When the Supreme Court decided Shelby County v. Holder in 2013, it struck a blow to the Voting Rights Act of 1965 (“VRA”), eliminating preclearance, a crucial stopgap against voter suppression. Preclearance required states with records of racial discrimination to submit all changes in election practices and procedures to the U.S. Department of Justice or a court in Washington, D.C. for approval before the changes could take effect.
Since preclearance was eliminated in 2013, states with records of racial discrimination against voters have enacted laws and policies preventing millions of Americans from exercising their fundamental right to vote. States have purged eligible voters from voter rolls, cut early voting days and hours, implemented strict voter ID laws, and closed hundreds of polling places.
The John Lewis Voting Rights Advancement Act (“H.R.4”) fills the gap Shelby has left and is an essential tool to fight racial discrimination in voting. Our democracy works best when everyone can participate fully, no matter their race or color. H.R.4 seeks to restore protections to our election process and to ensure that all Americans have the same opportunity to exercise their constitutional right to vote.
H.R.4. PREVENTS VOTER SUPPRESSION: COVERAGE FORMULA THAT REFLECTS CURRENT CONDITIONS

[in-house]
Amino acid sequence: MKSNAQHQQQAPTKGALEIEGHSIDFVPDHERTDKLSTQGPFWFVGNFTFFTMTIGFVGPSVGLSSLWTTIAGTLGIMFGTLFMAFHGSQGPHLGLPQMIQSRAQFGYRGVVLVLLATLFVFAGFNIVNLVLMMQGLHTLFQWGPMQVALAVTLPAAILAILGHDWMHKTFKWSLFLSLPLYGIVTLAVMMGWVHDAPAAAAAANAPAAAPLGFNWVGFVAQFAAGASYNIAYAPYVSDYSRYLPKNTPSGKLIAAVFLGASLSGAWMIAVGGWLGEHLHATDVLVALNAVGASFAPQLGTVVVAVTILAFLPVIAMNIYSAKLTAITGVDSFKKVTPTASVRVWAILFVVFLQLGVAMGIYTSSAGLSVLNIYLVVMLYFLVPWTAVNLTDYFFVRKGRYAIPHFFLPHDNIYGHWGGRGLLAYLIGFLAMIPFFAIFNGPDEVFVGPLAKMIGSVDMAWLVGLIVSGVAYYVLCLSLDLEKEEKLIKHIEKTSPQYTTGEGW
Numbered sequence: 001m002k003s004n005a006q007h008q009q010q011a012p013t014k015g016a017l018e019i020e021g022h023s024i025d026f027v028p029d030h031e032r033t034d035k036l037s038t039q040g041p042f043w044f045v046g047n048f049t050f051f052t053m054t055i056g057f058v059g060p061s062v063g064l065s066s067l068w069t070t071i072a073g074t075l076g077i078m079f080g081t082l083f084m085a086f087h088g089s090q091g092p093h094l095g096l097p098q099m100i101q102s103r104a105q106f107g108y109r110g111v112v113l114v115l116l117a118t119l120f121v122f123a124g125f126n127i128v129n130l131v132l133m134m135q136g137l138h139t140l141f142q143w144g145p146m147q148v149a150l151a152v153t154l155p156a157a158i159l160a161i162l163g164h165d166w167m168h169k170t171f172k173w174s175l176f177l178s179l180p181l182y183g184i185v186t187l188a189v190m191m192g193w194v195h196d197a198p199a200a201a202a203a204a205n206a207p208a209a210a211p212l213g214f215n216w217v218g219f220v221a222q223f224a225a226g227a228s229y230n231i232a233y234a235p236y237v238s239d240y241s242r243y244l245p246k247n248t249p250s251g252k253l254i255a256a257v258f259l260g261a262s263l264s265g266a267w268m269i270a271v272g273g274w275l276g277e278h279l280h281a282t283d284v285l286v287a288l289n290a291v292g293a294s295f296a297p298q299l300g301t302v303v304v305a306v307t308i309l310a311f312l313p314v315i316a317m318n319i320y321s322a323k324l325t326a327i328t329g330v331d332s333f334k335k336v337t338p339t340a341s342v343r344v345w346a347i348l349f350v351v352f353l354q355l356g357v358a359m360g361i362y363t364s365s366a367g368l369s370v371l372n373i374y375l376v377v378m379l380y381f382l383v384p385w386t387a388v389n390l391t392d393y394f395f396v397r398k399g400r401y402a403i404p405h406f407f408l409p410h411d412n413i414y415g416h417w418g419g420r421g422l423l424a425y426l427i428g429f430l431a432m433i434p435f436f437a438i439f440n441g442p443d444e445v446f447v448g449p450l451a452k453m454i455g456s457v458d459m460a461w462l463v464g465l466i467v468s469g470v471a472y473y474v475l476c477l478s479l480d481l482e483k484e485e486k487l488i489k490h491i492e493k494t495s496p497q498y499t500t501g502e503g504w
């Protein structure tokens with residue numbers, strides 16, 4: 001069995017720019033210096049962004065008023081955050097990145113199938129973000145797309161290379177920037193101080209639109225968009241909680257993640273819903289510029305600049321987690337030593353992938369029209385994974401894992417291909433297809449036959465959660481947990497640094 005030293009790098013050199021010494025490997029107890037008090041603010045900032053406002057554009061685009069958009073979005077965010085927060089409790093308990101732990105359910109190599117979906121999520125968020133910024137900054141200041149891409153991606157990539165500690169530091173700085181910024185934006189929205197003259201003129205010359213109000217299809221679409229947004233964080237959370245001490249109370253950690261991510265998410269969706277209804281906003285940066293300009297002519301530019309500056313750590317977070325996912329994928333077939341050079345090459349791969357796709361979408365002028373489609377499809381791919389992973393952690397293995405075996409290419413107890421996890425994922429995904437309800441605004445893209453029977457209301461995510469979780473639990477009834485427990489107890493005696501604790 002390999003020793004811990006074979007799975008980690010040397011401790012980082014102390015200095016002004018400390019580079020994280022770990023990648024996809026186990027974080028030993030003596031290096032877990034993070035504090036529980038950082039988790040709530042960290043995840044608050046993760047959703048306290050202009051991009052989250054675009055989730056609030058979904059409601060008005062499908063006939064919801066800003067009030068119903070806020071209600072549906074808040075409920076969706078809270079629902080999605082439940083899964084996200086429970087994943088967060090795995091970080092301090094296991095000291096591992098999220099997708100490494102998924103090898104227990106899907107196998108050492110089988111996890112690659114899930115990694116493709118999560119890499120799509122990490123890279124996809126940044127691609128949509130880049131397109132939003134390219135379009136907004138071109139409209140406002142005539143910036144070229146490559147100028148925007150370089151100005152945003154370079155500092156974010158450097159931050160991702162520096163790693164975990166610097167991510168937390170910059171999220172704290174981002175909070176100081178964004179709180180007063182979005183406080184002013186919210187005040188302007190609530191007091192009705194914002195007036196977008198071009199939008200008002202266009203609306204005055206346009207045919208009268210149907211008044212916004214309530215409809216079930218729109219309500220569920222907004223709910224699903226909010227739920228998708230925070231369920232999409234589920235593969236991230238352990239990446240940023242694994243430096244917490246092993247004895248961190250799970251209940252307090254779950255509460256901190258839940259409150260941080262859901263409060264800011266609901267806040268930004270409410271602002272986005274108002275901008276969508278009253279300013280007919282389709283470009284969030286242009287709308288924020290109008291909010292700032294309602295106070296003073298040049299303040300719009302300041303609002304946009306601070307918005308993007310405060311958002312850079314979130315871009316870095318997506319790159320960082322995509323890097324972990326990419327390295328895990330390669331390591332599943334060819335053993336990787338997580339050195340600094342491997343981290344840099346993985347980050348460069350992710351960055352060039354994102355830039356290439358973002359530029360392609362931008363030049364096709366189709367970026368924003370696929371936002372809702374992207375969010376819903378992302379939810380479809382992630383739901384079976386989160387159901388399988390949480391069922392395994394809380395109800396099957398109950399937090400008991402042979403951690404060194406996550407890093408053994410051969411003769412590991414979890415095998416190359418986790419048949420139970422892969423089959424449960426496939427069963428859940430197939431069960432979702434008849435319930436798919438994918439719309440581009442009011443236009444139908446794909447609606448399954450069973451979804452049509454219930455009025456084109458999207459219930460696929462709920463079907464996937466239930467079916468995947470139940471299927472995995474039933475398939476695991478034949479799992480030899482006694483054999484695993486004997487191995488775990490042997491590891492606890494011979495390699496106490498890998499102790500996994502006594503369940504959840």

Establishes a new coverage formula based on states’ and political subdivisions’ recent history of voting rights violations. H.R.4 applies preclearance to:
- A political subdivision with at least three violations in the past 25 years;
- A state with 10 or more violations, with at least one occurring at the state level in the past 25 years; and
- A state with 15 or more violations at any level within the past 25 years.
- H.R.4 also requires nationwide preclearance for known practices that disproportionately affect communities of color. H.R.4 applies preclearance to states or political subdivisions that:
- Change election methods in areas that are racially, ethnically, or linguistically diverse;
- Redistrict and dilute racial or language minority groups’ vote in areas that are racially, ethnically, or linguistically diverse;
- Redistrict in an area where a racial or language minority group’s population has increased;
- Change the documentation or requirements to register or vote;
- Reduce language assistance; or
- Reduce polling locations in areas that are racially, ethnically, or linguistically diverse.
While most of the VRA applies to the entire country, Section 5 is reserved for specific jurisdictions with the most pervasive patterns of discrimination. The coverage formula was narrowly tailored to combat voting discrimination against minority voters, in particular geographic areas of the country where voter suppression was most acute. The Supreme Court has held that legislation that imposes unique requirements on select states must be justified with a detailed evidentiary record to withstand a constitutional challenge. Thus, legislation like the John Lewis Voting Rights Advancement Act (VRAA) requires a full evidentiary record that directly links evidence of current discriminatory conditions to the jurisdictions covered by Section 5. Simply put, there must be evidence that justifies treating some jurisdictions differently from others.